Alan Watts -- In the Academy

Essays and Lectures

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Alan Watts
Peter J. Columbus, Donadrian L. Rice
SUNY Press Series in Transpersonal and Humanistic Psychology
  • Albany, NY: 
    State University New York Press
    , July
     390 pages.
     For other formats: Link to Publisher's Website.


Alan Watts (1915-1973) was once a well-known figure in the academy but never truly a full-fledged member of the guild. He did not contribute to a particular field in academic culture so much as to the lives and imaginations of many individuals who were active in the disciplines of philosophy, theology, and psychology, most notably the architects of what is now known as religious studies. Watts had an enormous impact on popular culture and the generally educated reader of the period stretching from the late-1930s to the mid-1970s. His books, particularly Behold the Spirit (1947), The Wisdom of Insecurity (1951), The Way of Zen (1957), Nature, Man and Woman (1958), Beyond Theology (1964), and The Book: On the Taboo Against Knowing Who You Are (1966), confirmed and explained avant-garde trends in mid-twentieth-century intellectual life, especially the relevance of Asian worldviews, and invited an untold number of readers into the vocation of serious scholarship on religion and culture. This collection of essays trains our attention on Watts’ academic influence and reputation. Many of us, it is fair to say, owe at least the first stages of our careers to an unforgettable encounter with a book, an essay, or a talk by Alan Watts.

Peter J. Columbus and Donadrian L. Rice, also co-editors of Alan Watts—Here and Now: Contributions to Psychology, Philosophy, and Religion (2012), have assembled an attractive collection of Watts’s more scholarly essays, lectures, and reviews. Thirty engaging pieces effectively represent his achievements in six broad areas of academic concern: language and mysticism, Buddhism and Zen, Christianity, comparative religion, psychedelics, and psychology and psychotherapy. The texts demonstrate Watts’s impressive range of competence, the contagious catholicity of his mind, his remarkable capacity for direct connection with the serious reader, and his unaffected mastery of an English prose style that, while a bit old-fashioned by twenty-first-century standards, is neither flippant nor stuffy. Altogether the documents constitute a rebuke to the all too durable stereotype of Watts as mere popularizer, inviting what the editors unapologetically seek: a reassessment of Alan Watts as non-academic “polymath” (26), exhibiting an independence of intellect, both analytic and synthetic, marked by a rigor different from but not alien to the standards of critical, institution-based scholarship.

The chapters on Buddhism and psychology will likely be most familiar to contemporary readers. They include Watts’s brilliant and enduring “Beat Zen, Square Zen, and Zen” (the sort of text that gained him a fictionalized cameo appearance in Jack Kerouac’s Dharma Bums) and examples of his many attempts to draft insights from Asian religious traditions into the service of an ongoing critique of mainstream psychotherapy and conventional ideas of sex and gender in Western society. Arguably the most surprising elements in this collection, especially to a new generation of readers, will be Watts’s exercises in Christian theology. Writing as a Christian intellectual before the debates over John A. T. Robinson’s Honest to God and Harvey Cox’s The Secular City in the 1960s, Watts simultaneous worked for both a rediscovery of classical Christian thought, especially Christianity’s sacramental and mystical traditions, and a full-scale redefinition of the concept of God that would transform the “curious chatter of thought” into the “loving silence of contemplation” (191). His 1946 defense of the traditional Christian doctrine of marriage is potentially the most surprising piece in the entire collection.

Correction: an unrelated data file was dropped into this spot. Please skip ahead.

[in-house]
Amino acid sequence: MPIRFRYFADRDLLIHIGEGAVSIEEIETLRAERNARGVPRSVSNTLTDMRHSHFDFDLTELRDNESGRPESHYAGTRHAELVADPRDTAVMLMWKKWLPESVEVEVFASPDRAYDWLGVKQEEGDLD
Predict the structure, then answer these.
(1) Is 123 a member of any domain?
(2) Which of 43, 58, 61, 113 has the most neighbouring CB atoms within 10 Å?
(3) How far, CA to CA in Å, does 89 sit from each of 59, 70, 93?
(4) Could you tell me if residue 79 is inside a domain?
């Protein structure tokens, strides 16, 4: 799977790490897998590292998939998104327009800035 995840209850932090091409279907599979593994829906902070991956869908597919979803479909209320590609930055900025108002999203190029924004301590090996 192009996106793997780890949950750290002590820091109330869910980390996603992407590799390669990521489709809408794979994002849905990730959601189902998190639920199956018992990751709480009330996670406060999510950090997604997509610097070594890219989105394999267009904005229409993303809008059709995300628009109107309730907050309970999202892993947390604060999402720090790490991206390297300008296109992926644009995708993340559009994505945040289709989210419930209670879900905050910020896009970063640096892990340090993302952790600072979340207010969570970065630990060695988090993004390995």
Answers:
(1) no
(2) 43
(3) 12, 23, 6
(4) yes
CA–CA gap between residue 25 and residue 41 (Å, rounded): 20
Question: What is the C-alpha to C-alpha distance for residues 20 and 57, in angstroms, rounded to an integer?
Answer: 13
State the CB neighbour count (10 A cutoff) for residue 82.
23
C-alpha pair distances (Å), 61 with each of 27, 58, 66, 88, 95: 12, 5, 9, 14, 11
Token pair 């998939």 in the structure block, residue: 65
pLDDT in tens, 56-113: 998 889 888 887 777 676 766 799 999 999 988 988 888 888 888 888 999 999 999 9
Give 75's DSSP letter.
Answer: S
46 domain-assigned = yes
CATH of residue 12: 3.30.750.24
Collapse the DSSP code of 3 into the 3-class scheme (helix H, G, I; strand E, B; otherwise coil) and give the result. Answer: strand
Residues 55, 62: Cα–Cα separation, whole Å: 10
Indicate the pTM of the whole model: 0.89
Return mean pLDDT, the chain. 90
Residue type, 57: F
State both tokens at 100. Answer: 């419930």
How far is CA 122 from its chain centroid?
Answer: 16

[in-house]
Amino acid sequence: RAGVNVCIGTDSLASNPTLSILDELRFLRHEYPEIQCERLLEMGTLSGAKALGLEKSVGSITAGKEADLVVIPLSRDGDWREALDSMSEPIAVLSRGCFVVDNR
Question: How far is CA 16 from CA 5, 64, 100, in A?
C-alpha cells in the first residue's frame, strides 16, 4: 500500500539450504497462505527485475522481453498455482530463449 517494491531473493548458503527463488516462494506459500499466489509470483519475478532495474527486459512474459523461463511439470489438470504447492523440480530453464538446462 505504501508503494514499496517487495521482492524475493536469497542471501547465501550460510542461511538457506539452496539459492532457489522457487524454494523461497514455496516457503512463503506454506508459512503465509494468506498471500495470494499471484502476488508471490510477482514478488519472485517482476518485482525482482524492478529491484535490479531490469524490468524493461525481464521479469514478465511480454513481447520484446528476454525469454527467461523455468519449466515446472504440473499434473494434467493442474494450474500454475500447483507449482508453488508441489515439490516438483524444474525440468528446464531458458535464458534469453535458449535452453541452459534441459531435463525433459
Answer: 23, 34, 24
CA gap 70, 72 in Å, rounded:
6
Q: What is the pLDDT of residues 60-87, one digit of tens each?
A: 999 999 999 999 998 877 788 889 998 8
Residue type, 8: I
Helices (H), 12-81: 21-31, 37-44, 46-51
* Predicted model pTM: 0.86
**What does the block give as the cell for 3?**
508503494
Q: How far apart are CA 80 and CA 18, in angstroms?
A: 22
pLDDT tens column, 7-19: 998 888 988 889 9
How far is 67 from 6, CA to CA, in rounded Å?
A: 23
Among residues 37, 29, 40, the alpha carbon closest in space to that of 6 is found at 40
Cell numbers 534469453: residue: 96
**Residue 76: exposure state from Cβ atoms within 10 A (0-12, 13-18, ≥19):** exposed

Watts’s penetrating insights into topics as various as linguistics and psychotropic drugs are unfortunately blunted by his consistent use of what is now recognized as non-inclusive language. Though standard for mid-twentieth-century discourse, his rhetorical practice today creates a barrier between text and reader that the author never imagined or intended. Readers once enthralled by Watts may now find him more an artifact than a living and provocative source of alternative wisdom. Shifts in style and perspective have rendered the “guru” label (3)— fretted over by the sympathetic editors in a thirty-page introduction—relatively meaningless.

This collection, testament to an astonishingly productive writing and speaking career, serves as a window into an extraordinarily significant era, when Asian traditions and non-theological forays into religion were largely unknown in the academy. Watts’s outsider status is firmly established, but his contributions to academic life and thought deserve to be acknowledged and celebrated. More than anything, we should simply marvel at the uncommon imagination that produced these texts and held the attention of a generation’s most adventurous minds. Watts once characterized the magic of liturgy as “terror and suspense, suddenly bursting into joy” (228). The same could be said of his scholarly best.

About the Reviewer(s): 

Peter A. Huff is director of the John Paul II Center and professor of theology at the University of Mary in North Dakota.

Date of Review: 
October 23, 2017
About the Author(s)/Editor(s)/Translator(s): 

Peter J. Columbus is administrator of the Shantigar Foundation in Rowe, Massachusetts.

Donadrian L. Rice is professor of psychology at the University of West Georgia. Together they are the coeditors of Alan Watts--Here and Now: Contributions to Psychology, Philosophy, and Religion, also published by SUNY Press.


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